This content is from: Corner Office

Employees Not Ready to Retire, Say 401(k) Sponsors

Employers are more worried than ever about their employees’ retirement income security. So why don’t they do something about it?

The economy may be slowly improving, but 401(k) plan sponsors are growing more pessimistic, according to a new study.

In the consulting firm Aon Hewitt’s most recent annual survey of 500 U.S. employers, conducted in early fall and released in late January, just 4 percent of the respondents said they were “very confident that their workers will retire with adequate retirement assets.” This was a sharp plunge from an already meager 30 percent the prior year.

And while another poll does not show a steep decline, it is because the lack of employer confidence has been ongoing. For the past 11 years, Deloitte Consulting has been querying 400 to 600 employers on the topic, and consistently, only about 15 percent say they think their employees will be financially ready to retire — even as the plans keep adding inducements that are intended to spur more savings. “It’s hard to tell if things are getting worse or if we’re just stuck,” says Scott Cole, a senior manager in Deloitte’s human capital practice who has run the survey for the past three years.

While no one seemed to have a good explanation as to why the Deloitte and Aon Hewitt findings were so different, experts offered plenty of reasons for pessimism.

Pamela Hess, Aon Hewitt’s director of retirement research, blames “the duration of the downturn.” As time goes on, benefits officials see more and more employees requesting hardship withdrawalsand loans from their 401(k) accounts or ending their contributions altogether, she says. “When you’re on the front lines and you’re seeing the hardships day in and day out, I think it’s wearing.”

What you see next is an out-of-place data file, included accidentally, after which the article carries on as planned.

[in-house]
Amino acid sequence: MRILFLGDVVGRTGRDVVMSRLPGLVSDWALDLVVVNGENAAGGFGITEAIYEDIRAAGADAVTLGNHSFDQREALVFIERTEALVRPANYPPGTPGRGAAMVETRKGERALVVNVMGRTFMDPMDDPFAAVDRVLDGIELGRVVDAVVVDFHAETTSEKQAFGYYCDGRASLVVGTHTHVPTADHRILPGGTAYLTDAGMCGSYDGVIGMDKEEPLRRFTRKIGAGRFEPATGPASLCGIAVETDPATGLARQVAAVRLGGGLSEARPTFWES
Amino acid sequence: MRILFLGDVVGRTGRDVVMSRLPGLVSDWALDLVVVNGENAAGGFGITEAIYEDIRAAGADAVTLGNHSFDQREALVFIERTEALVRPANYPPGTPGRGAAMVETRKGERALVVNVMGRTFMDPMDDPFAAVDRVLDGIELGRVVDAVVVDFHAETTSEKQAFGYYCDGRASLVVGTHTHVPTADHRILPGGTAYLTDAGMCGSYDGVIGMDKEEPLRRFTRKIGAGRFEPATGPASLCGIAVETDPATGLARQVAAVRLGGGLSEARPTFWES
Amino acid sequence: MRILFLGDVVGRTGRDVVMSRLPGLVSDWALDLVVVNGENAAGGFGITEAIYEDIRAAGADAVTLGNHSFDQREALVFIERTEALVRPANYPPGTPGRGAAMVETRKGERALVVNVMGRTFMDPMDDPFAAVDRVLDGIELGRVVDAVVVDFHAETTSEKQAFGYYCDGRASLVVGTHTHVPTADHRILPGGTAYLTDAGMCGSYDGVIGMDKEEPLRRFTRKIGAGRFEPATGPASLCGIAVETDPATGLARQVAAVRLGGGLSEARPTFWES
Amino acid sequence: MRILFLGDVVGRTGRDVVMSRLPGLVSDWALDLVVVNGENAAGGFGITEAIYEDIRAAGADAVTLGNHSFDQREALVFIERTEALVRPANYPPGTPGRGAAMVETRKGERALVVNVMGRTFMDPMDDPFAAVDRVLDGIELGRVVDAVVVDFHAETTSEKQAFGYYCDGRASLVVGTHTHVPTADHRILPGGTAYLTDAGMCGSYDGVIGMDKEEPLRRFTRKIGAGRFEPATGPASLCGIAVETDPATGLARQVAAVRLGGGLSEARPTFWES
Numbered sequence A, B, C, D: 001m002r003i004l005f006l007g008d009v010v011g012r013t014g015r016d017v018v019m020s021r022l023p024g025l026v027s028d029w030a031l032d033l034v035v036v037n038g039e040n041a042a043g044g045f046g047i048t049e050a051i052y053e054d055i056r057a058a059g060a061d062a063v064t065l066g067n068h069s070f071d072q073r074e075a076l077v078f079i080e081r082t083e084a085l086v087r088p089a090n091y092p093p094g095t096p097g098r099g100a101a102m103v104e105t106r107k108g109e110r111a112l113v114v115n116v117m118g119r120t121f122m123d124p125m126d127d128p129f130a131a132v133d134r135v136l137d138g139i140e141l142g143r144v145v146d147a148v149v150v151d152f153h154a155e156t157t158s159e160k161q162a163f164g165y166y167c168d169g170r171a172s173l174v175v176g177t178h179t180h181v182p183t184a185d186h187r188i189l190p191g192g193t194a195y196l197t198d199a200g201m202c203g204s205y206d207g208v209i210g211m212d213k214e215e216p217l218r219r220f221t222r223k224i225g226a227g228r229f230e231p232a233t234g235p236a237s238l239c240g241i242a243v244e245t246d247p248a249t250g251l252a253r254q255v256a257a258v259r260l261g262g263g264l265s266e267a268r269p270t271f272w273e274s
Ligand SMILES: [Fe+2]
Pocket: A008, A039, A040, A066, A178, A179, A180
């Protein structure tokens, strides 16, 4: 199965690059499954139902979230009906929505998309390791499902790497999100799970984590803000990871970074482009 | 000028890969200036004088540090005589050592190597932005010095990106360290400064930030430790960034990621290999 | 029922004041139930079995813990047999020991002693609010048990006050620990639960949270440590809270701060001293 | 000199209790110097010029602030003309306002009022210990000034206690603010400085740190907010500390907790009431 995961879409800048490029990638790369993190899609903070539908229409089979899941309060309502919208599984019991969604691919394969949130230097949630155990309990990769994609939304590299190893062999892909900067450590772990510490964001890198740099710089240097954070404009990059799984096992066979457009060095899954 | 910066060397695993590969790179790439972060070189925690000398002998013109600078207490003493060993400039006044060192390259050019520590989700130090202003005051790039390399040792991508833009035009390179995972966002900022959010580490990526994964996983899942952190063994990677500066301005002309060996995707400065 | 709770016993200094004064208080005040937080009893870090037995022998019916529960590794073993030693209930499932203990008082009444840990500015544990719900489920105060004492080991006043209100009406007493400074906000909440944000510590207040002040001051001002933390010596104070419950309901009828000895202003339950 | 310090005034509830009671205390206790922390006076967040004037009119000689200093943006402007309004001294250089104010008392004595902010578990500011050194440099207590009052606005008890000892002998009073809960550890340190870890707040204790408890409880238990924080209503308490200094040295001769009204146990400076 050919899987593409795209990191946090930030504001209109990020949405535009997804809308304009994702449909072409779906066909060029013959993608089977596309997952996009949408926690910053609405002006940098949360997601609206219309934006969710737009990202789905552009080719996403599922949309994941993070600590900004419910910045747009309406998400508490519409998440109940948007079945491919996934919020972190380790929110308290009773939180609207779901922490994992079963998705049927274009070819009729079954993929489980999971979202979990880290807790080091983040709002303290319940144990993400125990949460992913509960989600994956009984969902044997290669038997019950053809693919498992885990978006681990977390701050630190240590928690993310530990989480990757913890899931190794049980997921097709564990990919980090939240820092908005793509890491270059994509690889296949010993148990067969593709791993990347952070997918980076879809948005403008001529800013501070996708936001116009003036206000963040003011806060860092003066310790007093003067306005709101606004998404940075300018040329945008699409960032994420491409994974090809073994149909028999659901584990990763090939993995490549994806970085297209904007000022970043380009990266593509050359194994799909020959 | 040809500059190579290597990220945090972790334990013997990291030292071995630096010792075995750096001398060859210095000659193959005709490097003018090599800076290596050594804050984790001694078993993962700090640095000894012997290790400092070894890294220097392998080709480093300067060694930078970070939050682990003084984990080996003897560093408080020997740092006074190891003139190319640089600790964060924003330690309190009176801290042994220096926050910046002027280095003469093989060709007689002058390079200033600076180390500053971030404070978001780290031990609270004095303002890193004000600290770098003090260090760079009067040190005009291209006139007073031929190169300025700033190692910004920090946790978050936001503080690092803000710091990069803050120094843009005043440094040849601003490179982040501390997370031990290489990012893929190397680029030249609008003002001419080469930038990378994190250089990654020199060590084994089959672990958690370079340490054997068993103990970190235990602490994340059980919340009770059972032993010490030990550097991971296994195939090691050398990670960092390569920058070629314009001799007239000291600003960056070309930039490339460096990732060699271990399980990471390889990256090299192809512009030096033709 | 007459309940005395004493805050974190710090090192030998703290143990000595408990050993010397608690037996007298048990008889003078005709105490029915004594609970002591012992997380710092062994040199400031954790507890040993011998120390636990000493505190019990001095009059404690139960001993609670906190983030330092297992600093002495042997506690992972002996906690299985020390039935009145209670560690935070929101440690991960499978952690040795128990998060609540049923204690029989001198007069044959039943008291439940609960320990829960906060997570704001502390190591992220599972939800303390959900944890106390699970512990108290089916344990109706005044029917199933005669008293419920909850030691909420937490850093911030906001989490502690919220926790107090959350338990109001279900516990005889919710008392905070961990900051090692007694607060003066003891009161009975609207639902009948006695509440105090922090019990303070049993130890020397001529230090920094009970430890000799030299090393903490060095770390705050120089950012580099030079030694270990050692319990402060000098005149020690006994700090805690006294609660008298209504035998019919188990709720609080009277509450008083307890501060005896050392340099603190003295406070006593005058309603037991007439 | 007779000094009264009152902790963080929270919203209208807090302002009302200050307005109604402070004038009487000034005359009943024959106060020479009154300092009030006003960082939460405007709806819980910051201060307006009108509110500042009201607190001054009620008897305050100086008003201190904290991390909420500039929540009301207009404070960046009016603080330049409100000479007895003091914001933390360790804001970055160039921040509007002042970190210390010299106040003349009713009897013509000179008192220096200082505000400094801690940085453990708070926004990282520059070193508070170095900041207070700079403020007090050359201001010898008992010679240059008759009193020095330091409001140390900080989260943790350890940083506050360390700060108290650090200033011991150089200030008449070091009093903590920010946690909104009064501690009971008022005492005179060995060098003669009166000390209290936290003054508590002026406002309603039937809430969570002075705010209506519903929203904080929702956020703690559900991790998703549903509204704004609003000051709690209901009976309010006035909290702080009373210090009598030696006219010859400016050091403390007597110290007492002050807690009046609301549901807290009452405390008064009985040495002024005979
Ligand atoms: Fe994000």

More information may be another reason, suggests Kristi Mitchem, the head of global defined contributions at State Street Global Advisors. Thanks to better projecting tools, she says, “we’ve been increasing the amount of data plan sponsors have on individual participants. We can forecast with more specificity what they’ll have at retirement.” Once they realize just how skimpy their employees’ account balances are, employers apparently get more depressed.

To Damon Silvers, director of policy and special counsel to the AFL-CIO, such laments are somewhat ironic. “These folks need to look in the mirror,” he scoffs. “They have this concern that their employees don’t have retirement security, yet they took it away from them” by eliminating defined benefit plans. And if 401(k) balances are skimpy, he adds, “it’s not surprising that people don’t save, because their wages are declining.”

“There’s an easy solution,” he continues. “Just increase the employer contribution.”

Asset managers and benefits consultants find other faults with the plans. Despite inducements like automatic enrollment and automatic escalation of contribution rates, says Deloitte’s Cole, “oftentimes these changes aren’t being done in the most effective way possible.”

Perhaps the main complaint among experts is that employers are not implementing programs like automatic enrollment and automatic escalation aggressively enough. Typically, the default contribution rate begins at 2 percent to 3 percent of pay when people are first automatically enrolled, gradually increasing to 6 percent at the pace of 1 percent per year, unless the participants specifically choose other amounts. But to build up a big-enough nest egg, people need to start at 6 percent and quickly rise to 10 percent or more, experts say.

In light of these problems, State Street’s Mitchem says, “The drop in confidence is actually a good thing. An understanding of the problem is a precursor of action.”

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